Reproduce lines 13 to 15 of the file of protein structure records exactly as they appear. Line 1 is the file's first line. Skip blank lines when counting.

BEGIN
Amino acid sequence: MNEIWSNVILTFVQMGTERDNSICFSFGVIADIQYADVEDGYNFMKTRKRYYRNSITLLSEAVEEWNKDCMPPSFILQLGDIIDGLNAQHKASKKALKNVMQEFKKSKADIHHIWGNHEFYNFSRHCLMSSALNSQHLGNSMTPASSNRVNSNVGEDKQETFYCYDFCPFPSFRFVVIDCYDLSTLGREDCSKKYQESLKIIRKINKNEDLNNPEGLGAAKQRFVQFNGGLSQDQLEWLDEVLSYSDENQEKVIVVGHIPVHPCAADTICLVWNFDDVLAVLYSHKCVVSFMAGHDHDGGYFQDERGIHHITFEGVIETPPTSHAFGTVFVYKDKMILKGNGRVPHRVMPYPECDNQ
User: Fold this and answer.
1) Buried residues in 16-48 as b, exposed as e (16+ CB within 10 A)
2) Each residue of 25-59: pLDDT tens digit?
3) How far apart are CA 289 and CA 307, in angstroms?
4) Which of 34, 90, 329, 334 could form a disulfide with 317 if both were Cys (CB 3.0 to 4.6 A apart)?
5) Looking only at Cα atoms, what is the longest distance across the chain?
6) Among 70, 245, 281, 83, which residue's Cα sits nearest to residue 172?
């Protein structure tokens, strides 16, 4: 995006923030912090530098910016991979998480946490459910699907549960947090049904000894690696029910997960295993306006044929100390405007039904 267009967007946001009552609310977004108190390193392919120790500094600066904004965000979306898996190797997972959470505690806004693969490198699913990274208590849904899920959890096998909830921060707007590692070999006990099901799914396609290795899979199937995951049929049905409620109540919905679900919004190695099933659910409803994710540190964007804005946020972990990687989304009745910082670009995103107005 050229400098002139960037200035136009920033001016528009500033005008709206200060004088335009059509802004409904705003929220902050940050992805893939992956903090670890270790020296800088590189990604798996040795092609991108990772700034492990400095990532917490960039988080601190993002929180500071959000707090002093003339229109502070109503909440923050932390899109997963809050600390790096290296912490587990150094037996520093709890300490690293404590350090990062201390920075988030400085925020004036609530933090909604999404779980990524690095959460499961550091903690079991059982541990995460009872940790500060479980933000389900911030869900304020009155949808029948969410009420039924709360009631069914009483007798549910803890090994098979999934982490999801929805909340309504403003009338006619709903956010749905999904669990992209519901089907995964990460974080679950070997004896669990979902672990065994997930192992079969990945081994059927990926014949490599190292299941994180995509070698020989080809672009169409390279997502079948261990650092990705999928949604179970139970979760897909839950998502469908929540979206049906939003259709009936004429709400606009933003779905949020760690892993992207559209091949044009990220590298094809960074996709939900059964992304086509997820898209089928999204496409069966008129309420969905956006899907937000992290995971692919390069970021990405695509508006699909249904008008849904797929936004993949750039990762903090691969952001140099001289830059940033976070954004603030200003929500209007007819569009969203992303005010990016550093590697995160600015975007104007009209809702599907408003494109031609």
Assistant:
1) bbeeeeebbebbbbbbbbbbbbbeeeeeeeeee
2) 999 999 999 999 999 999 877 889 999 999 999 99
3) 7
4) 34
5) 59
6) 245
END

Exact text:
3) 7
4) 34
5) 59